Software developers and cooks have something in common. You see, there are essentially two types of cooks: 1) Those who carefully follow recipes in order to recreate a dish or dessert; and 2) Those who use recipes as guides while preferring to adapt them to suit their tastes.
Similarly, some software developers like to follow a recipe, a hierarchical approach to building complex systems, while others prefer less hierarchy and more latitude to adapt the recipe. Neither approach is inherently better or worse than the other. They’re just different.
Follow-the-recipe developers generally prefer:
- Detailed business requirements documentation
- Well-defined, individual roles and responsibilities
- Big Design Up Front
Adapt-the-recipe developers generally prefer:
- High-level requirements that evolve with the project
- Cross-functional responsibilities within a team
- Evolutionary system design
These preferences represent different types of people and that’s where a serious challenge lies in wait. You see, big companies invest a lot of time and money identifying and selecting job candidates who they believe are good fits. Historically, most of those companies have used a structured, waterfall approach to software development. Thus, they hired people who like to follow recipes.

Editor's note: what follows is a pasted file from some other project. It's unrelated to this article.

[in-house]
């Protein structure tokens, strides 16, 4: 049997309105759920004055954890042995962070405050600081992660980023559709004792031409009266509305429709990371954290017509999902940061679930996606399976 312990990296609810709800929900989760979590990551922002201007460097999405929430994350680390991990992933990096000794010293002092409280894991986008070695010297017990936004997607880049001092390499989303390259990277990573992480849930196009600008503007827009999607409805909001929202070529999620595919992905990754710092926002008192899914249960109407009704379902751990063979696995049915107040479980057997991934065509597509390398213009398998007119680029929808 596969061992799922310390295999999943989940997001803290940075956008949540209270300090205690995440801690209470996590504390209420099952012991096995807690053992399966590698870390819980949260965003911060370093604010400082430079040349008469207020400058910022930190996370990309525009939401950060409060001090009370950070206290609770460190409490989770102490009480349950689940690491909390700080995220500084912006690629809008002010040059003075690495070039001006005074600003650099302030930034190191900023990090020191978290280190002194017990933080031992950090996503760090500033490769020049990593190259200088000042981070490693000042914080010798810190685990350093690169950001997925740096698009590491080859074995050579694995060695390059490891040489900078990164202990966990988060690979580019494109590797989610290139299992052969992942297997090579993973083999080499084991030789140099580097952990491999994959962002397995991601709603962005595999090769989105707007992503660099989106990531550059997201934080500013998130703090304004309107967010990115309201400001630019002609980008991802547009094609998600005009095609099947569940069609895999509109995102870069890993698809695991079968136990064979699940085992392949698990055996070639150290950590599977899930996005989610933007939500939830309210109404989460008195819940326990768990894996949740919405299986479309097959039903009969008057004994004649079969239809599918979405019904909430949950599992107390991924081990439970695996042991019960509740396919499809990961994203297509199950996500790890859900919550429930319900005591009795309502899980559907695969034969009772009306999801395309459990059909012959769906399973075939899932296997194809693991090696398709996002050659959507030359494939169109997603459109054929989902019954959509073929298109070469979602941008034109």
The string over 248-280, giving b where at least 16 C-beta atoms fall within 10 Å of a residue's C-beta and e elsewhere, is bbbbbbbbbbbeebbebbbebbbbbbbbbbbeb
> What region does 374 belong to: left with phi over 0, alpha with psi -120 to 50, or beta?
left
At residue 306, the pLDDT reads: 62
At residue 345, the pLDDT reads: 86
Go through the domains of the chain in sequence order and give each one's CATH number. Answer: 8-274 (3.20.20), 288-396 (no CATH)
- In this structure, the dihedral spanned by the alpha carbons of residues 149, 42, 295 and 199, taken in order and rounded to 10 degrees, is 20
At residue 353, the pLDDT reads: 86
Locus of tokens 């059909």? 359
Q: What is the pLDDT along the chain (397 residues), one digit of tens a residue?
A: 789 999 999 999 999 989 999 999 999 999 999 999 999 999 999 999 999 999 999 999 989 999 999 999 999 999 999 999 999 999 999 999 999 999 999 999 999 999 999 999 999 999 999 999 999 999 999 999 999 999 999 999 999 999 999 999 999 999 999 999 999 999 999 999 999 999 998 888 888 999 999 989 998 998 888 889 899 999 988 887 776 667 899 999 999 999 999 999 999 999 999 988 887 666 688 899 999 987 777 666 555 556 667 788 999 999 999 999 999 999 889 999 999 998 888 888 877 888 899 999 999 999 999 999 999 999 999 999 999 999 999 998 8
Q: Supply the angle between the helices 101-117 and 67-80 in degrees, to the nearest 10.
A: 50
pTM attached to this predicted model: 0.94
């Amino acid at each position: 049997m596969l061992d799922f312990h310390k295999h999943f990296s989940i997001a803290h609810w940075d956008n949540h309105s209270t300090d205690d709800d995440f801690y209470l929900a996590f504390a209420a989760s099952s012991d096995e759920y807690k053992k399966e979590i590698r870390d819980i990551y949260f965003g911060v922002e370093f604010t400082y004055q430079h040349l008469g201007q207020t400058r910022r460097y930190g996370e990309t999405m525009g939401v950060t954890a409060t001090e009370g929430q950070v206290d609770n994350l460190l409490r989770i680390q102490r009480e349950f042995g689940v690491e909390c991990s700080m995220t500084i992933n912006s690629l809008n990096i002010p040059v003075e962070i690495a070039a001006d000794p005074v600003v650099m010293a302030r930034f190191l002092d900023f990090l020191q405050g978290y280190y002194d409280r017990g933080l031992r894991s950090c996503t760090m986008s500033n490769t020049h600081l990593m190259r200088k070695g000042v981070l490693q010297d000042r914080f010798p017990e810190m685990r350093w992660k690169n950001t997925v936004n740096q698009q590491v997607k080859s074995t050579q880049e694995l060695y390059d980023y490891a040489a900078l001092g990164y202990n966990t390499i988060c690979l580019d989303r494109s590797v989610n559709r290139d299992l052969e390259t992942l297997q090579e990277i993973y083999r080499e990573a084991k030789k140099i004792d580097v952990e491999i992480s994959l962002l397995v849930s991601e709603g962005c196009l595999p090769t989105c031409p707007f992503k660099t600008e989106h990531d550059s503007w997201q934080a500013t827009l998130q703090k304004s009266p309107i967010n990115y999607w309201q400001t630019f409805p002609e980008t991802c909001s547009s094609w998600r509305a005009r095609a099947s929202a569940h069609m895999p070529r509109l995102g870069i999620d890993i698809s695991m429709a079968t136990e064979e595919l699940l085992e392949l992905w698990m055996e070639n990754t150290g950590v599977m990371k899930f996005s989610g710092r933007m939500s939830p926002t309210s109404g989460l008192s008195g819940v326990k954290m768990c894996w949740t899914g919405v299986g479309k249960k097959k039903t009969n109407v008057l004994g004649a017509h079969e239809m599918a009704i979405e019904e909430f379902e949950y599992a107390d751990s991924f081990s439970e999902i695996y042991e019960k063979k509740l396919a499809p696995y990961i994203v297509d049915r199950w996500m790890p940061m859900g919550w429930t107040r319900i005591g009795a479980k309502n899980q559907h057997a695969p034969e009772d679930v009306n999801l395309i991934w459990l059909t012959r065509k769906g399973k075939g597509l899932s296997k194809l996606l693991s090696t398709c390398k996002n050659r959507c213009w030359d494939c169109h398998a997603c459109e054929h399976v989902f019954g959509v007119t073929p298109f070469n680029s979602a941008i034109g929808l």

One day the company decides to try the latest hot trend in project management — agile development and Scrum, in particular. Suddenly, the follow-the-recipe developers are expected to adapt-the-recipe. Trust me on this, it’s not an easy transition.
Perhaps that’s why many enterprise companies implement agile development by breaking up large software projects into a series of shorter ones. They keep the basic follow-the-recipe framework while delivering software to the business in stages.
Is that a better software development approach? Yes, it is. Is it an agile development approach? No, it’s not!
Companies need to do three things to break out of this recipe conundrum:
- Train developers and management in agile development techniques and Scrum, in particular
- Followup with hands-on coaching as the theories are put into practice
- Obtain middle management buy-in and convince them to get out of the way
The first two are simple — find trainers / coaches and hire them. The third one is tough because it requires a change in management behavior. Some additional HR training and coaching will likely be needed.
If you’re serious about building software systems using real agile techniques, your team will need to learn new cooking skills.